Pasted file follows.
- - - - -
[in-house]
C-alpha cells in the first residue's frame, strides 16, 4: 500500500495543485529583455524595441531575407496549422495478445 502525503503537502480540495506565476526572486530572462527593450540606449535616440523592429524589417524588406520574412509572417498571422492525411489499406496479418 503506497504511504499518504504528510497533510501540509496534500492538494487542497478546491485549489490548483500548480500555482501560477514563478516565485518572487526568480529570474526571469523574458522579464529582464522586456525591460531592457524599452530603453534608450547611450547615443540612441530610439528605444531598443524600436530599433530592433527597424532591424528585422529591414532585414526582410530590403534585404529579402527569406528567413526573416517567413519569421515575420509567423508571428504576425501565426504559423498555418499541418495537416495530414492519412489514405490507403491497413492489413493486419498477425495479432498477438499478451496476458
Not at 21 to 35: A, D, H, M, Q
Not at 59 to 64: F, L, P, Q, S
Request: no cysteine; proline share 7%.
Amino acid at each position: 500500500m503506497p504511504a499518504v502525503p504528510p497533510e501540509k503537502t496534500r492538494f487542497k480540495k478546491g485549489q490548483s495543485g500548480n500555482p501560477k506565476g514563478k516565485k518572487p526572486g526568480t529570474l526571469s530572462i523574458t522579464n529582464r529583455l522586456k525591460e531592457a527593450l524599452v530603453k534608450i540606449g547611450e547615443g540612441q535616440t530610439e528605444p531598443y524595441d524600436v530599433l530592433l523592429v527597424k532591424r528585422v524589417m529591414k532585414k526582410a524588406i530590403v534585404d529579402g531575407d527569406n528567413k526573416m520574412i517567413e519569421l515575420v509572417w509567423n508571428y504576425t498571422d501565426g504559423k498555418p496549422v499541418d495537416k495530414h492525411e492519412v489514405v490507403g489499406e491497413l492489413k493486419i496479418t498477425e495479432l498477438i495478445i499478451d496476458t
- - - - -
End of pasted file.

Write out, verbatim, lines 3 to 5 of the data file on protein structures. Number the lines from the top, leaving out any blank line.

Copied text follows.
Not at 21 to 35: A, D, H, M, Q
Not at 59 to 64: F, L, P, Q, S
Request: no cysteine; proline share 7%.